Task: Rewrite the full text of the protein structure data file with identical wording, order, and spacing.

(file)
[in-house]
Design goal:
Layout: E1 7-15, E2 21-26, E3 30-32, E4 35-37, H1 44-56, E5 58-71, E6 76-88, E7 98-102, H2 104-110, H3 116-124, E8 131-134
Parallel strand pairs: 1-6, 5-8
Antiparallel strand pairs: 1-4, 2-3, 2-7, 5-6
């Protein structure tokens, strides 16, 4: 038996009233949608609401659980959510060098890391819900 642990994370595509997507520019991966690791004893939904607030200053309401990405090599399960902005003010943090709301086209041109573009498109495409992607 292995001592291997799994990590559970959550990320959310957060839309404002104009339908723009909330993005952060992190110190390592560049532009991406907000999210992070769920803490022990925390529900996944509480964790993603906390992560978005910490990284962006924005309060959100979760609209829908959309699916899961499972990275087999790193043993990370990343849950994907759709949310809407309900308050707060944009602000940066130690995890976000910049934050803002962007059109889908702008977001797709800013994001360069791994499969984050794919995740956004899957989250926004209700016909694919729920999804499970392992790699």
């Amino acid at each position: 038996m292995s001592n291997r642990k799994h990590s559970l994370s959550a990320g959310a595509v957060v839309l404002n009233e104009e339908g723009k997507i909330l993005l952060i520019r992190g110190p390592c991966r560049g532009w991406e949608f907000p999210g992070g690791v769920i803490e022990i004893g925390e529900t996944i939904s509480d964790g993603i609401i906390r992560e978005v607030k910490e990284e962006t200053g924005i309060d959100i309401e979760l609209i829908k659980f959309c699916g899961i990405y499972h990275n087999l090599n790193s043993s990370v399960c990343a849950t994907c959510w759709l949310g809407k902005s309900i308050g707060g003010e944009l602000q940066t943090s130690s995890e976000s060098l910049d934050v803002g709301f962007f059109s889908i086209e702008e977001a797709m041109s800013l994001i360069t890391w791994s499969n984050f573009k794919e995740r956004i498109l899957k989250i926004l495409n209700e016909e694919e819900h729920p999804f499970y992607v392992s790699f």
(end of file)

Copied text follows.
[in-house]
Design goal:
Layout: E1 7-15, E2 21-26, E3 30-32, E4 35-37, H1 44-56, E5 58-71, E6 76-88, E7 98-102, H2 104-110, H3 116-124, E8 131-134
Parallel strand pairs: 1-6, 5-8
Antiparallel strand pairs: 1-4, 2-3, 2-7, 5-6
């Protein structure tokens, strides 16, 4: 038996009233949608609401659980959510060098890391819900 642990994370595509997507520019991966690791004893939904607030200053309401990405090599399960902005003010943090709301086209041109573009498109495409992607 292995001592291997799994990590559970959550990320959310957060839309404002104009339908723009909330993005952060992190110190390592560049532009991406907000999210992070769920803490022990925390529900996944509480964790993603906390992560978005910490990284962006924005309060959100979760609209829908959309699916899961499972990275087999790193043993990370990343849950994907759709949310809407309900308050707060944009602000940066130690995890976000910049934050803002962007059109889908702008977001797709800013994001360069791994499969984050794919995740956004899957989250926004209700016909694919729920999804499970392992790699």
């Amino acid at each position: 038996m292995s001592n291997r642990k799994h990590s559970l994370s959550a990320g959310a595509v957060v839309l404002n009233e104009e339908g723009k997507i909330l993005l952060i520019r992190g110190p390592c991966r560049g532009w991406e949608f907000p999210g992070g690791v769920i803490e022990i004893g925390e529900t996944i939904s509480d964790g993603i609401i906390r992560e978005v607030k910490e990284e962006t200053g924005i309060d959100i309401e979760l609209i829908k659980f959309c699916g899961i990405y499972h990275n087999l090599n790193s043993s990370v399960c990343a849950t994907c959510w759709l949310g809407k902005s309900i308050g707060g003010e944009l602000q940066t943090s130690s995890e976000s060098l910049d934050v803002g709301f962007f059109s889908i086209e702008e977001a797709m041109s800013l994001i360069t890391w791994s499969n984050f573009k794919e995740r956004i498109l899957k989250i926004l495409n209700e016909e694919e819900h729920p999804f499970y992607v392992s790699f």